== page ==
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A Guide to Stamp Duties

An introduction to both SDLT on purchases and leases as well as stamp duty reserve tax on share transfers.

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There are three types of Stamp Duty:

  • Stamp Duty Land Tax (SDLT) - which applies to land transactions in England and Northern Ireland (Land and Buildings Transaction Tax (LBTT) applies in Scotland; Land Transaction Tax (LTT) applies in Wales)

  • Stamp Duty Reserve Tax (SDRT) - which applies to sales of securities on the stock market; and

  • Stamp Duty - which applies to the sale of shares and securities.

In all cases the purchaser must pay the duty based on the price paid or value if not paid in cash.

Stamp duty land tax

Stamp duty land tax is a tax on the acquisition of interests in UK land including houses, flats, other land and on both the grant and assignment of leases.

The purchaser is responsible for the payment of the tax and filing of the land transaction return, although is normally done by their solicitor on their behalf. The return should be filed within 14 days of the transaction.

SDLT is payable whether or not the parties to the transaction are based in England or Northern Ireland and whether or not a document is used. The consideration on which SDLT is paid is money or money's worth and where consideration is contingent it is payable on the assumption that the contingent consideration will be payable.

SDLT is also charged on any VAT included in the transaction.

If you are buying land or property in England or Northern Ireland, the amount of SDLT payable is dependent upon the purchase value as shown in the following table with a higher starting point for land in designated disadvantaged areas...

Residential Rates on purchases from 8 July 2020 to 31 March 2021

If you purchase a home (whether you are a first time buyer or have owned property before between 8 July 2020 and 31 March 2021 you will pay SDLT at the following rates:

0% - £0 to £500,000 (see note below regarding Covid-19 temporary change) 5% - £500,001 to £925,000 10% - £925,001 to £1.5 million 12% - Over £1.5 million

The 3% supplement for purchasing additional properties still applies during this time (see below).

Covid-19: Temporary change

As announced at Summer Statement 2020, the nil rate band was temporarily increased from £125,000 to £500,000 until 31 March 2021.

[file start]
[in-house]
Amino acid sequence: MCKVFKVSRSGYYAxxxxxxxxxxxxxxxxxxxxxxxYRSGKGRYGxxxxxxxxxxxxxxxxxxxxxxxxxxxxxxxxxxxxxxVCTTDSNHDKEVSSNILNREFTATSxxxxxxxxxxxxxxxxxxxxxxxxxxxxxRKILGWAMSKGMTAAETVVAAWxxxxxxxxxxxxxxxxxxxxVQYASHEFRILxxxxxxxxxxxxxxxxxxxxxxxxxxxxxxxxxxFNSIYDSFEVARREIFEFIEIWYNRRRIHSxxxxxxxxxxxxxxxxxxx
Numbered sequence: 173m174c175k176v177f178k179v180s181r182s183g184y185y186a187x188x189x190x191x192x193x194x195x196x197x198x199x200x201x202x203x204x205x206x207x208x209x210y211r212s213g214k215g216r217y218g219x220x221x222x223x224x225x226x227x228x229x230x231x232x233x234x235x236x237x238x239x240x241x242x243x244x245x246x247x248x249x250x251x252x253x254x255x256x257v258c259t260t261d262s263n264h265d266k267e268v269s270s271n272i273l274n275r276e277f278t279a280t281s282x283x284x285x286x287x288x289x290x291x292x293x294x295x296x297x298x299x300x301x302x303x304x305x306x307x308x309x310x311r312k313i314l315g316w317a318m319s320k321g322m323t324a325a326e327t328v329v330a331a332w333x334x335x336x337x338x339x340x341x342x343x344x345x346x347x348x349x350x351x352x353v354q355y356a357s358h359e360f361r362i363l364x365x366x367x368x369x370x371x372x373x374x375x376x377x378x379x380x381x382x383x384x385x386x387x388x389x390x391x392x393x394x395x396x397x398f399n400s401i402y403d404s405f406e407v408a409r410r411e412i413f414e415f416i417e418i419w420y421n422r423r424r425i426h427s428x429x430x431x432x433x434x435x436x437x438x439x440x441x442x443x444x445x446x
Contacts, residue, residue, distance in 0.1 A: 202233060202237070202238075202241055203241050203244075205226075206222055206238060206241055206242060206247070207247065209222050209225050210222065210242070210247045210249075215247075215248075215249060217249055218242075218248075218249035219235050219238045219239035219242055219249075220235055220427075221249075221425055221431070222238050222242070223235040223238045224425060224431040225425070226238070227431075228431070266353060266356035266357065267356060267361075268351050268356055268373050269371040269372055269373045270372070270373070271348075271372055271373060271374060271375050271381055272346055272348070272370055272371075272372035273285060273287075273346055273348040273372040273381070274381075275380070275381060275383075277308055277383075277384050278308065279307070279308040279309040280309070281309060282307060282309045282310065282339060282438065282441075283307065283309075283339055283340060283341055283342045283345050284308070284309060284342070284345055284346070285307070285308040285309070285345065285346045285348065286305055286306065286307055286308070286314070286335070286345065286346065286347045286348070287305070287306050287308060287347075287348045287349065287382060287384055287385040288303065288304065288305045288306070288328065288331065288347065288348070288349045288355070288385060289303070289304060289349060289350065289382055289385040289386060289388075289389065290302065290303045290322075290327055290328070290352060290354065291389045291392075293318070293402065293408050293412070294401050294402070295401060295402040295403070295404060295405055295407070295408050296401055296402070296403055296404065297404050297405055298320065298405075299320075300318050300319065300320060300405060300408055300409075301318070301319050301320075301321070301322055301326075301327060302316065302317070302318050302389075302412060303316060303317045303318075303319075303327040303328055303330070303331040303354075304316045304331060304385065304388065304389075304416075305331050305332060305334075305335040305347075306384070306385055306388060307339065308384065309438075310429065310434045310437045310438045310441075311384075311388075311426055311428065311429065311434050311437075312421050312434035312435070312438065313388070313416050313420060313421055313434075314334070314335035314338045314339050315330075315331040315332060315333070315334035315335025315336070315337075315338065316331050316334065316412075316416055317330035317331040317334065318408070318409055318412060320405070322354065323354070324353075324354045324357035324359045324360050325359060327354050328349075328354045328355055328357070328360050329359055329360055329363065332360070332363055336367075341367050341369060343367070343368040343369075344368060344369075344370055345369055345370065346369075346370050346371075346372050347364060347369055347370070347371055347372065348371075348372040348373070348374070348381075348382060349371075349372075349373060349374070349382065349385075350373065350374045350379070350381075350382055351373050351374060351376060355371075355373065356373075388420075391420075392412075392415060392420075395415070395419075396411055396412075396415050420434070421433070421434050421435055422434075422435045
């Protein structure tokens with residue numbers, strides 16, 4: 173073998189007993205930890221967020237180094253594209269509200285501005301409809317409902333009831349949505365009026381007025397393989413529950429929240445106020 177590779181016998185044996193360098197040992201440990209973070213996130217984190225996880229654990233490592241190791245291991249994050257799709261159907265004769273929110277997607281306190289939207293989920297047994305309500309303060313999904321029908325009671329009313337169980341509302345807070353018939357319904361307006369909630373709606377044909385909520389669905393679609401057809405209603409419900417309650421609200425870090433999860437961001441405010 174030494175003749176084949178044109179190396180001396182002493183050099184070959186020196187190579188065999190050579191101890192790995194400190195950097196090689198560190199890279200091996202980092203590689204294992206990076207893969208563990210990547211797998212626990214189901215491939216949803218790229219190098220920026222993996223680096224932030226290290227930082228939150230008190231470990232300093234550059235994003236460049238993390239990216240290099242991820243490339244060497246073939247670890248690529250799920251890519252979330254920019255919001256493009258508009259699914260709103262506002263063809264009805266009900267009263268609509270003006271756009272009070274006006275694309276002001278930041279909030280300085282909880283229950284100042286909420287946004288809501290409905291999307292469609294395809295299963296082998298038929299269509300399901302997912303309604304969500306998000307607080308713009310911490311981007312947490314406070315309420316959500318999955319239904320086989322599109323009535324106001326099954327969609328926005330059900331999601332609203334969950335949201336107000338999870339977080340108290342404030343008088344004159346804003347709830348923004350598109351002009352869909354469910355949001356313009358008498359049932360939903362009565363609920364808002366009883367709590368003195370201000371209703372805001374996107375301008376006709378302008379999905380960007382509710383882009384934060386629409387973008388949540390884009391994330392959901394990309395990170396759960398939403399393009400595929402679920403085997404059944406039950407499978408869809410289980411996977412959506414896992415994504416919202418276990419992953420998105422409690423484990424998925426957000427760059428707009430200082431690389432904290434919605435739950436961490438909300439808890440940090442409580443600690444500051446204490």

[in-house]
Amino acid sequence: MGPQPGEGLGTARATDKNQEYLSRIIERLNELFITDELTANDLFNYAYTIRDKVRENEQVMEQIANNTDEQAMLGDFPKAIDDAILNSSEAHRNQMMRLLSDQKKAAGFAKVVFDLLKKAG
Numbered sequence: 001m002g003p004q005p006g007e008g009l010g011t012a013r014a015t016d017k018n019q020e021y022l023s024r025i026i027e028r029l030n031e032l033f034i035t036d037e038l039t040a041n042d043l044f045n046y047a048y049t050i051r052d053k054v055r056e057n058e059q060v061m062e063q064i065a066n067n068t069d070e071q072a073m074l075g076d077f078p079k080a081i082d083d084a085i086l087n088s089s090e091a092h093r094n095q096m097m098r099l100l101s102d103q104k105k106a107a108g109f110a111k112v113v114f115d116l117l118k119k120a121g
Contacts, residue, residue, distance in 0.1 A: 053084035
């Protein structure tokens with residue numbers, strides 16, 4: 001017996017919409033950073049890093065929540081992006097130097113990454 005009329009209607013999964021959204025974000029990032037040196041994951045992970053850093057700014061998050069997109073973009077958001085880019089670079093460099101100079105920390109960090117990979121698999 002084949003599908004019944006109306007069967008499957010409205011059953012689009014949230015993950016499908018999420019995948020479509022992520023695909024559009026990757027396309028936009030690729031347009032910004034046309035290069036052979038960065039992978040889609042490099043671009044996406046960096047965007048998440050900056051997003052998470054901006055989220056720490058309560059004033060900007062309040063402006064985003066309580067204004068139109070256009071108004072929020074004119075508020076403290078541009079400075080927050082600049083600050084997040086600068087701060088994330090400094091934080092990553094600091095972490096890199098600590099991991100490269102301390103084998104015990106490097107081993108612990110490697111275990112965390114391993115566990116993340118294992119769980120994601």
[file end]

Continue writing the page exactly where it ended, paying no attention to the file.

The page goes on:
First-time buyers' relief

First-time buyers' relief applies to qualifying transactions, including purchases of shared-ownership properties, from 22 November 2017. Those claiming the relief pay no SDLT on the first £300,000 of the consideration and 5% on any remainder. Relief is not available if the total consideration is more than £500,000.

Higher rate for corporate bodies

Residential properties bought for over £500,000 are subject to SDLT at the rate of 15% where the property is acquired by a non-natural person such as a company, partnership or collective investment scheme.

Higher rates for additional properties

You'll usually have to pay 3% on top of the normal SDLT rates if buying a new residential property means you'll own more than one.

You usually have 36 months to claim a refund of the higher rates if you buy a new main residence before disposing of your previous main residence. You also have 36 months between selling a main residence and replacing it with another without having to pay the higher rates. The 36-month time limit may be extended in certain circumstances.

It was announced in the Spring Budget 2020 that an additional two percentage-point surcharge on top of all existing surcharges would be applied with effect from April 2021 to purchases of UK residential property by non-UK residents.

Grant and assignment of leases

Stamp duty land tax is applicable to both lease premiums and to the rental element of a lease.

New leasehold sales and transfers


When you buy a new residential leasehold property you pay SDLT on the purchase price of the lease (the 'lease premium') using the rates above.

If the total rent over the life the lease (known as the 'net present value') is more than £125,000, you also pay SDLT of 1% on the portion over £125,000 - unless you buy an existing ('assigned') lease.


When you buy a new non-residential or mixed use leasehold you pay SDLT on both the:

  • purchase price of the lease (the 'lease premium') using the rates above

  • value of the annual rent you pay (the 'net present value')

These are calculated separately then added together.

If you buy an existing ('assigned') lease, you only pay SDLT on the lease price (or 'consideration').

The net present value (NPV) is based on the total rent over the life of the lease. You don't pay SDLT on the rent if the NPV is less than £150,000.

Stamp duty reserve tax

Stamp duty reserve tax is mainly dealt with by Stock exchange brokers and financial intermediaries.

SDRT is charged at 0.5% on the value of the consideration for the transfer. It is cancelled by the payment of Stamp Duty on the same transaction.

Stamp Duty

This only applies to the transfer of shares and securities and is levied at 0.5% of the value of the chargeable consideration, rounded up to the nearest £5, on each document to be stamped.

Where the consideration is £1,000 or less, these transactions will be exempt from stamp duty and will not need presenting for stamping.

How We Can Help You

For further information on any type of stamp duty please contact us.



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